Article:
Deep down in our soul, we cry out for someone, anyone, to point the way out of our current financial troubles, both personally and at large. But in reality, it might mean rethinking the value of money altogether

It was the early 1980s, and the mud in the slum of a rural town in Peru was ankle-deep. Berkeley-educated German-Chilean economist Manfred Max-Neef stood, soaked, across from a local man in the pouring rain. He found that his expensive education had provided him with no language capable of describing the experience of that moment with this man, who had absolutely nothing – apart from many mouths to feed.

It was clear to Max-Neef that in order to succeed as the kind of economist he wanted to be, he would have to invent a new kind of language to explain the nuances visible only through the perspective of the poor. He decided to become a ‘barefoot economist’.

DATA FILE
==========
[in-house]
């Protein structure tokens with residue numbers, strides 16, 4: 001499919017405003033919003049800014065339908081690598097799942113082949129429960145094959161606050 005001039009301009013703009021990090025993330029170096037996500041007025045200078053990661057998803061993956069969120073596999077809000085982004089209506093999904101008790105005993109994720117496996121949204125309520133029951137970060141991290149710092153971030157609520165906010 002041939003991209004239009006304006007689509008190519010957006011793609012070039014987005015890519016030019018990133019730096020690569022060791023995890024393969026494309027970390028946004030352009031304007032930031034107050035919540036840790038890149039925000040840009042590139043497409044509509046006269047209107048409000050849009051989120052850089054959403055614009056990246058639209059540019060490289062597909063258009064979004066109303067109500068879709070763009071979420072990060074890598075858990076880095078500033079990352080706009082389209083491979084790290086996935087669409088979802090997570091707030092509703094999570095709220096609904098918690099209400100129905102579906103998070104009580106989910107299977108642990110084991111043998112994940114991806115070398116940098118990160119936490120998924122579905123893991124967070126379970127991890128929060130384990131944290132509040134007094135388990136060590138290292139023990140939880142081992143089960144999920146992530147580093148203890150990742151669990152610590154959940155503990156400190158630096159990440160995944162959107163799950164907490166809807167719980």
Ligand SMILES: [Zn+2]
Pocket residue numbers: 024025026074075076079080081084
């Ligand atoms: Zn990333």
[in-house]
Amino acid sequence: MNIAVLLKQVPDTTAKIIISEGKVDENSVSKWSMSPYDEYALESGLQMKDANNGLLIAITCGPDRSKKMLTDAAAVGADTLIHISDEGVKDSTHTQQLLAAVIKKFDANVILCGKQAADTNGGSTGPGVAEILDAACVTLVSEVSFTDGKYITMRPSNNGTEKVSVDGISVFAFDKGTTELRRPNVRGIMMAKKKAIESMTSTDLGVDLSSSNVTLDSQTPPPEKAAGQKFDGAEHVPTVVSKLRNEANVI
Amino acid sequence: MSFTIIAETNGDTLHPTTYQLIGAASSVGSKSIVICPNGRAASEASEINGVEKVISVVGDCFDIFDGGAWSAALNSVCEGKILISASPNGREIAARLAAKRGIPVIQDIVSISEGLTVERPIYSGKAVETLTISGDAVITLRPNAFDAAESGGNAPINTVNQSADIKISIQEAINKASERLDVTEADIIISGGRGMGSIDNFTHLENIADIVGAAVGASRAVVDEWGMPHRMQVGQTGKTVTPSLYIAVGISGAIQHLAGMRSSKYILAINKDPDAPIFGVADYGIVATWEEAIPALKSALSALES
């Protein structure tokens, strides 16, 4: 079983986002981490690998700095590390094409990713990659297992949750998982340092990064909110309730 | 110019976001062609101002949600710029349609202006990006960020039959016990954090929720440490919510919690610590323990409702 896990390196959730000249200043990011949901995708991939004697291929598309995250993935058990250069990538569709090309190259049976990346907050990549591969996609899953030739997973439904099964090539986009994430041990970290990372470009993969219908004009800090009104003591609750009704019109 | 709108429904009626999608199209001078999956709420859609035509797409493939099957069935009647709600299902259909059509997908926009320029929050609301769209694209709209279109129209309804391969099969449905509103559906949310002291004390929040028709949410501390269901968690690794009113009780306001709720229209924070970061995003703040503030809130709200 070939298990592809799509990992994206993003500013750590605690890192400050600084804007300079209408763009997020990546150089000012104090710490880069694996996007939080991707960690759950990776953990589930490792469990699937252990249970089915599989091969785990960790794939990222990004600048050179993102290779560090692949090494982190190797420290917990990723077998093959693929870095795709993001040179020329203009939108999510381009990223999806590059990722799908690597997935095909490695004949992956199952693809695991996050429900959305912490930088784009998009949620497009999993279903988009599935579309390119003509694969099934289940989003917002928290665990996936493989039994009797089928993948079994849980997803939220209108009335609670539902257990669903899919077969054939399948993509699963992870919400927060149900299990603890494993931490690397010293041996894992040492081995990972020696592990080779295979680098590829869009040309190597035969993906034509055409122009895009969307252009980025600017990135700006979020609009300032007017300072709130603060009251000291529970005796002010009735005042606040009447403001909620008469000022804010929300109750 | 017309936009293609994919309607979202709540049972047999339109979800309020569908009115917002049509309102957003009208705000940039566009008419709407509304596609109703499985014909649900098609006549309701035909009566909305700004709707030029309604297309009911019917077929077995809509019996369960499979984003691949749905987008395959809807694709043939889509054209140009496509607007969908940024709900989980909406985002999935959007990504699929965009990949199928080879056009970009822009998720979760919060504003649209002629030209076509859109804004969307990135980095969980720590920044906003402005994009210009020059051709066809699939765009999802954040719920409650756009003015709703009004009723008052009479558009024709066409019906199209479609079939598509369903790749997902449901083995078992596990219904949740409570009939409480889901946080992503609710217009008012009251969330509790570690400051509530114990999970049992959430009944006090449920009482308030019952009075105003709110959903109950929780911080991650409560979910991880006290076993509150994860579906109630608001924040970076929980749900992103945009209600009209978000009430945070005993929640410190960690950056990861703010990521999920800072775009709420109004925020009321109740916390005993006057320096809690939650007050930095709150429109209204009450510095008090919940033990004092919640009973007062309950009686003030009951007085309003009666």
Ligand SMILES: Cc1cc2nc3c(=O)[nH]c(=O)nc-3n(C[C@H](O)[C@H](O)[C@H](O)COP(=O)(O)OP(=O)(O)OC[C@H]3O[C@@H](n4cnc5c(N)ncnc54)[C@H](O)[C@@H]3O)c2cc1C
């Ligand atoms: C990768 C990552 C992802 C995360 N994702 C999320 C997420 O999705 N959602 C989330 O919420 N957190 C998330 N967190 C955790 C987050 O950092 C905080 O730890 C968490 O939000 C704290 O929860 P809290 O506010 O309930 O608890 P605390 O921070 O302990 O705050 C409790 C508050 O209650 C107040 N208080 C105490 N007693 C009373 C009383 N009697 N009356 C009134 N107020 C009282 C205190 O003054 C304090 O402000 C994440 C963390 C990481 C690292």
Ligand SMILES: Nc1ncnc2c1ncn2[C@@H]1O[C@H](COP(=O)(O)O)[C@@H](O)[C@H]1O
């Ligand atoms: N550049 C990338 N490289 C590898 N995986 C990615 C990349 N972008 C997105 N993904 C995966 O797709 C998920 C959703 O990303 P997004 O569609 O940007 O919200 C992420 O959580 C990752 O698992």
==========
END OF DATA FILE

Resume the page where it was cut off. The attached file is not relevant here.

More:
Max-Neef’s travels through South America, living and working with the poorest communities, opened his eyes to the abundance found within their livelihood strategies. He discovered the logic and beauty of judging the worth of things by their usefulness rather than by their monetary value. But most importantly, he realised that development is about people, not objects or the pursuit of infinite growth.... Read the complete Article:

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